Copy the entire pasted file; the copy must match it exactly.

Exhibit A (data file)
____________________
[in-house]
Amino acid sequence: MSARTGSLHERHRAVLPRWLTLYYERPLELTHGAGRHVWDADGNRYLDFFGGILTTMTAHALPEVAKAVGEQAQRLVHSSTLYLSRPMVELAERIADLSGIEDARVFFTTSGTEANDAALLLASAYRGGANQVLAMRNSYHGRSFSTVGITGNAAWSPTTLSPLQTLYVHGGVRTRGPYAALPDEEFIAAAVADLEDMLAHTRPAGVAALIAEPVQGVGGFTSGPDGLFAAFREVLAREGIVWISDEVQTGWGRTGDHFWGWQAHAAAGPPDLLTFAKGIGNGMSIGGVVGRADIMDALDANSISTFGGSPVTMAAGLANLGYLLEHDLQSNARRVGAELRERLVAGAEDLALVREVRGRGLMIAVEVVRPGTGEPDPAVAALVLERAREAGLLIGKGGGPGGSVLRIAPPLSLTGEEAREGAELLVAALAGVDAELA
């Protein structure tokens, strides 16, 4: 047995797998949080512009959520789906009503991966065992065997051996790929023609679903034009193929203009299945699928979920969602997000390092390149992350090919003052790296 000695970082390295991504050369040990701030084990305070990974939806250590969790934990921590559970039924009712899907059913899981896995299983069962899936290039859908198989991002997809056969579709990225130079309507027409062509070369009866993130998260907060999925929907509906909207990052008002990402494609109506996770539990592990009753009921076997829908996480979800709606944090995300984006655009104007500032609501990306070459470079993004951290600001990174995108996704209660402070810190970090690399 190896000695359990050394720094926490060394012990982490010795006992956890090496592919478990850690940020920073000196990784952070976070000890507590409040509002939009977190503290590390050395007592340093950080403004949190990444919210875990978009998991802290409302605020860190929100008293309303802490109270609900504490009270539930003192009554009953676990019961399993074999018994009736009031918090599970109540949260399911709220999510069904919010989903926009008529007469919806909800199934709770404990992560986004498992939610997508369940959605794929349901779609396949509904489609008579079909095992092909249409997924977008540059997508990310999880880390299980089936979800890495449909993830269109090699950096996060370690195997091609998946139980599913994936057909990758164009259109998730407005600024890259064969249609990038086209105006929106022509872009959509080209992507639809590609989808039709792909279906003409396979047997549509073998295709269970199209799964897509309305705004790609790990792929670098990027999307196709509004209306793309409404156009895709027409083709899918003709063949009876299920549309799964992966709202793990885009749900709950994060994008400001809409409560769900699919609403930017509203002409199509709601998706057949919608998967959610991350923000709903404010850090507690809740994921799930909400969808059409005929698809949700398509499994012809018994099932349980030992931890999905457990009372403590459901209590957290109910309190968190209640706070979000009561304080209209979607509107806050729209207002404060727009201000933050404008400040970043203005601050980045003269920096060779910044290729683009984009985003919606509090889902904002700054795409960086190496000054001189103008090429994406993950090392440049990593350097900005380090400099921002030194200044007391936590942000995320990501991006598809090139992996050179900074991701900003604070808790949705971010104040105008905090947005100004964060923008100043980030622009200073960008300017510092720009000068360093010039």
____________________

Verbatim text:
[in-house]
Amino acid sequence: MSARTGSLHERHRAVLPRWLTLYYERPLELTHGAGRHVWDADGNRYLDFFGGILTTMTAHALPEVAKAVGEQAQRLVHSSTLYLSRPMVELAERIADLSGIEDARVFFTTSGTEANDAALLLASAYRGGANQVLAMRNSYHGRSFSTVGITGNAAWSPTTLSPLQTLYVHGGVRTRGPYAALPDEEFIAAAVADLEDMLAHTRPAGVAALIAEPVQGVGGFTSGPDGLFAAFREVLAREGIVWISDEVQTGWGRTGDHFWGWQAHAAAGPPDLLTFAKGIGNGMSIGGVVGRADIMDALDANSISTFGGSPVTMAAGLANLGYLLEHDLQSNARRVGAELRERLVAGAEDLALVREVRGRGLMIAVEVVRPGTGEPDPAVAALVLERAREAGLLIGKGGGPGGSVLRIAPPLSLTGEEAREGAELLVAALAGVDAELA
């Protein structure tokens, strides 16, 4: 047995797998949080512009959520789906009503991966065992065997051996790929023609679903034009193929203009299945699928979920969602997000390092390149992350090919003052790296 000695970082390295991504050369040990701030084990305070990974939806250590969790934990921590559970039924009712899907059913899981896995299983069962899936290039859908198989991002997809056969579709990225130079309507027409062509070369009866993130998260907060999925929907509906909207990052008002990402494609109506996770539990592990009753009921076997829908996480979800709606944090995300984006655009104007500032609501990306070459470079993004951290600001990174995108996704209660402070810190970090690399 190896000695359990050394720094926490060394012990982490010795006992956890090496592919478990850690940020920073000196990784952070976070000890507590409040509002939009977190503290590390050395007592340093950080403004949190990444919210875990978009998991802290409302605020860190929100008293309303802490109270609900504490009270539930003192009554009953676990019961399993074999018994009736009031918090599970109540949260399911709220999510069904919010989903926009008529007469919806909800199934709770404990992560986004498992939610997508369940959605794929349901779609396949509904489609008579079909095992092909249409997924977008540059997508990310999880880390299980089936979800890495449909993830269109090699950096996060370690195997091609998946139980599913994936057909990758164009259109998730407005600024890259064969249609990038086209105006929106022509872009959509080209992507639809590609989808039709792909279906003409396979047997549509073998295709269970199209799964897509309305705004790609790990792929670098990027999307196709509004209306793309409404156009895709027409083709899918003709063949009876299920549309799964992966709202793990885009749900709950994060994008400001809409409560769900699919609403930017509203002409199509709601998706057949919608998967959610991350923000709903404010850090507690809740994921799930909400969808059409005929698809949700398509499994012809018994099932349980030992931890999905457990009372403590459901209590957290109910309190968190209640706070979000009561304080209209979607509107806050729209207002404060727009201000933050404008400040970043203005601050980045003269920096060779910044290729683009984009985003919606509090889902904002700054795409960086190496000054001189103008090429994406993950090392440049990593350097900005380090400099921002030194200044007391936590942000995320990501991006598809090139992996050179900074991701900003604070808790949705971010104040105008905090947005100004964060923008100043980030622009200073960008300017510092720009000068360093010039």